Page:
The other important thing to note is the change in how rental income is taxed. Under the old system, landlords deducted mortgage interest and other finance-related costs from their rental income and then worked out their tax liability.
This allowed them to offset all mortgage interest against tax.
Now they must add rental income to their other income to decide their tax rate and the ability to offset all mortgage interest against tax is being gradually phased out between April 2017 and April 2020. From 2020, landlords will only be able to get a maximum tax credit of 20 per cent against mortgage interest.
Also by April 2018 all rented property will be required to have an energy performance certificate of E or above.
Chris says: ‘The final thing to be aware of is that while landlords have been benefiting from record low mortgage rates, there’s an expectation that this won’t last for much longer. We have already seen a number of lenders increase the rates on their buy-to-let offerings, and a potential Bank Rate rise could prompt further rises.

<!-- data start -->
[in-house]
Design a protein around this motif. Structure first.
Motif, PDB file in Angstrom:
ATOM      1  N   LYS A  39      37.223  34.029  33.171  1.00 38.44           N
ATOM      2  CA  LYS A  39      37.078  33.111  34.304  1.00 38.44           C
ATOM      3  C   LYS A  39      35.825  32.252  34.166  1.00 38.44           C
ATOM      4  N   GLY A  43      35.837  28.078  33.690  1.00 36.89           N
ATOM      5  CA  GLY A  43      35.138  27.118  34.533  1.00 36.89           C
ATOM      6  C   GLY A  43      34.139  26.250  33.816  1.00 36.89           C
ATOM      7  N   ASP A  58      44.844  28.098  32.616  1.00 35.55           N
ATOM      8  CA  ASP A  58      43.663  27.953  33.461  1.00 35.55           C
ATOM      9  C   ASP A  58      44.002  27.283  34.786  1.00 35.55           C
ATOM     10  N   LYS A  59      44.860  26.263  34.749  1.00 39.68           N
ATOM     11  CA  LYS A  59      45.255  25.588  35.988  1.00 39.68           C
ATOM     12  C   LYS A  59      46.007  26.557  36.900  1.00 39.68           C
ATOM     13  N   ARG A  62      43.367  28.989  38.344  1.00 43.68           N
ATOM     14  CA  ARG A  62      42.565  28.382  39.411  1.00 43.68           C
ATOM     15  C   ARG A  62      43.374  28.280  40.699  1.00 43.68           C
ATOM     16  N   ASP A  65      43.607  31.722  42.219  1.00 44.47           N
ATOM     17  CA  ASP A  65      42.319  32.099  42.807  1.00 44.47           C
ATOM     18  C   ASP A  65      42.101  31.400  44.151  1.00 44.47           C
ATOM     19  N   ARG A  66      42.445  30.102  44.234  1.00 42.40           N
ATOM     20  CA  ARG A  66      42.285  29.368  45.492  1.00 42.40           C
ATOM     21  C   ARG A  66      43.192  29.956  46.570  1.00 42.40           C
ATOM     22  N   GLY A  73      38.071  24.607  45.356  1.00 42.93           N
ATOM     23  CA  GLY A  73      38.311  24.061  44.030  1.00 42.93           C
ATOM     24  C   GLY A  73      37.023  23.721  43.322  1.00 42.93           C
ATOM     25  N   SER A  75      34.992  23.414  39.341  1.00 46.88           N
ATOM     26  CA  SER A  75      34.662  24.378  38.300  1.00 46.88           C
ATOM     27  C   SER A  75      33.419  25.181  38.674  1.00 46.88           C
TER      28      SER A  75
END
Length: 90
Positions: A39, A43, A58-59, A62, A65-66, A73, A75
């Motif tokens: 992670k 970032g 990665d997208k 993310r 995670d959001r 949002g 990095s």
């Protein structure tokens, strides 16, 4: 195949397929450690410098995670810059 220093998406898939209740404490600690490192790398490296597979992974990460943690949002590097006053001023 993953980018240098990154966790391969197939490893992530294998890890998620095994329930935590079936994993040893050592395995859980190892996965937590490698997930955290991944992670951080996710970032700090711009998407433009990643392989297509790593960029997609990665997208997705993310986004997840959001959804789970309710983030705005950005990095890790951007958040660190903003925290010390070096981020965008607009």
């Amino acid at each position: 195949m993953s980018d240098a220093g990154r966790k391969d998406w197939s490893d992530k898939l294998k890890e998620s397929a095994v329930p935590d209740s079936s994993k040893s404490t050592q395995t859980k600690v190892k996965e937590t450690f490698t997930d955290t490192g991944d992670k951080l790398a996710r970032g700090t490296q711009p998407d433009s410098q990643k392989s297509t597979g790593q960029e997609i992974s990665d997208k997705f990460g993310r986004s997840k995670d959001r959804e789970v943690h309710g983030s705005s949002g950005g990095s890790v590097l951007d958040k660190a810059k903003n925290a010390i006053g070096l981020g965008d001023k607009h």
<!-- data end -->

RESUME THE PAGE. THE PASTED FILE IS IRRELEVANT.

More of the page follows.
What other things do I need to consider?
Don’t expect an easy ride as a landlord. The simplest way to do things is to find a good letting agent and pay them to let and manage the property for you, but this service brings an extra cost.
A full letting and management service could cost 10 to 15 per cent of annual rent. You should also allow for maintenance costs on your property of around 10 to 20 per cent of annual rent
You could opt to manage the property yourself, but then you will need a network of tradespeople that you can rely on if things go wrong. If the boiler packs up, or a leak is sprung, you need to know that you can get someone round immediately.
There is a mantra that happy tenants mean a happy landlord. Keeping your tenants content means they are less likely to leave and cuts down on any potential void periods and the need to find new people to let your property to.
Chris said: ‘Being a landlord can be hard work. It requires ongoing financial investment, keeping a weathered eye on the market – especially as it is under constant scrutiny at present, plus maintaining property and relationships with tenants or letting agencies.